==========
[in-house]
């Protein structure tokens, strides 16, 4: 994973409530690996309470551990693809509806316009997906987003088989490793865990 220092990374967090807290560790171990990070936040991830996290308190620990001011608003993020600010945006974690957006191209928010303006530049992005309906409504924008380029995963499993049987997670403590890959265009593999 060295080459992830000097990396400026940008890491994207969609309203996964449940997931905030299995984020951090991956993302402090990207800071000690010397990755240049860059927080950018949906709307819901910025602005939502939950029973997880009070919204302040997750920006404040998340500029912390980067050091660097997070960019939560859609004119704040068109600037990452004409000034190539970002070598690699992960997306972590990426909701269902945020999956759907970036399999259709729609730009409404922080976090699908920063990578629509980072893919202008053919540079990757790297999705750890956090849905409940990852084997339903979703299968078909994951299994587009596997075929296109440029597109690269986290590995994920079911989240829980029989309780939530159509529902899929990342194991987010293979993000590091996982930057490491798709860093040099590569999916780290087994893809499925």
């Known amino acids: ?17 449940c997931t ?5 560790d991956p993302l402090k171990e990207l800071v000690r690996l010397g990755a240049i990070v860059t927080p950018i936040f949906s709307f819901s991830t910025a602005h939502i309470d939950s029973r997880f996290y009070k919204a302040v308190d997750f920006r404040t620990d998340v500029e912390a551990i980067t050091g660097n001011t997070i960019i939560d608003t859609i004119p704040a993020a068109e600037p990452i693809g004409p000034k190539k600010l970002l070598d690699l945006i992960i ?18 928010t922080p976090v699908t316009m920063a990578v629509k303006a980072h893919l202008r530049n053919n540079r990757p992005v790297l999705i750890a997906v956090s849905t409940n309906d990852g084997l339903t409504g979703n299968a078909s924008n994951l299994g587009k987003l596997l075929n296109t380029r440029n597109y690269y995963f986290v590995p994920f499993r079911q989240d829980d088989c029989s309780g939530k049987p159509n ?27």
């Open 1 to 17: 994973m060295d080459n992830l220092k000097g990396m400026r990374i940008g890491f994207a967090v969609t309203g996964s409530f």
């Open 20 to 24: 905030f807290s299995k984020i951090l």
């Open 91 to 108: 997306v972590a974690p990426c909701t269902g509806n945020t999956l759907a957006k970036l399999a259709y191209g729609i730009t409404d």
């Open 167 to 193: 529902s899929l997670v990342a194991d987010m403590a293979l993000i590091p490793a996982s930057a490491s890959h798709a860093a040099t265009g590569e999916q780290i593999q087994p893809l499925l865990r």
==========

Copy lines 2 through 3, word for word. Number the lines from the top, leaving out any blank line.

């Protein structure tokens, strides 16, 4: 994973409530690996309470551990693809509806316009997906987003088989490793865990 220092990374967090807290560790171990990070936040991830996290308190620990001011608003993020600010945006974690957006191209928010303006530049992005309906409504924008380029995963499993049987997670403590890959265009593999 060295080459992830000097990396400026940008890491994207969609309203996964449940997931905030299995984020951090991956993302402090990207800071000690010397990755240049860059927080950018949906709307819901910025602005939502939950029973997880009070919204302040997750920006404040998340500029912390980067050091660097997070960019939560859609004119704040068109600037990452004409000034190539970002070598690699992960997306972590990426909701269902945020999956759907970036399999259709729609730009409404922080976090699908920063990578629509980072893919202008053919540079990757790297999705750890956090849905409940990852084997339903979703299968078909994951299994587009596997075929296109440029597109690269986290590995994920079911989240829980029989309780939530159509529902899929990342194991987010293979993000590091996982930057490491798709860093040099590569999916780290087994893809499925």
């Known amino acids: ?17 449940c997931t ?5 560790d991956p993302l402090k171990e990207l800071v000690r690996l010397g990755a240049i990070v860059t927080p950018i936040f949906s709307f819901s991830t910025a602005h939502i309470d939950s029973r997880f996290y009070k919204a302040v308190d997750f920006r404040t620990d998340v500029e912390a551990i980067t050091g660097n001011t997070i960019i939560d608003t859609i004119p704040a993020a068109e600037p990452i693809g004409p000034k190539k600010l970002l070598d690699l945006i992960i ?18 928010t922080p976090v699908t316009m920063a990578v629509k303006a980072h893919l202008r530049n053919n540079r990757p992005v790297l999705i750890a997906v956090s849905t409940n309906d990852g084997l339903t409504g979703n299968a078909s924008n994951l299994g587009k987003l596997l075929n296109t380029r440029n597109y690269y995963f986290v590995p994920f499993r079911q989240d829980d088989c029989s309780g939530k049987p159509n ?27």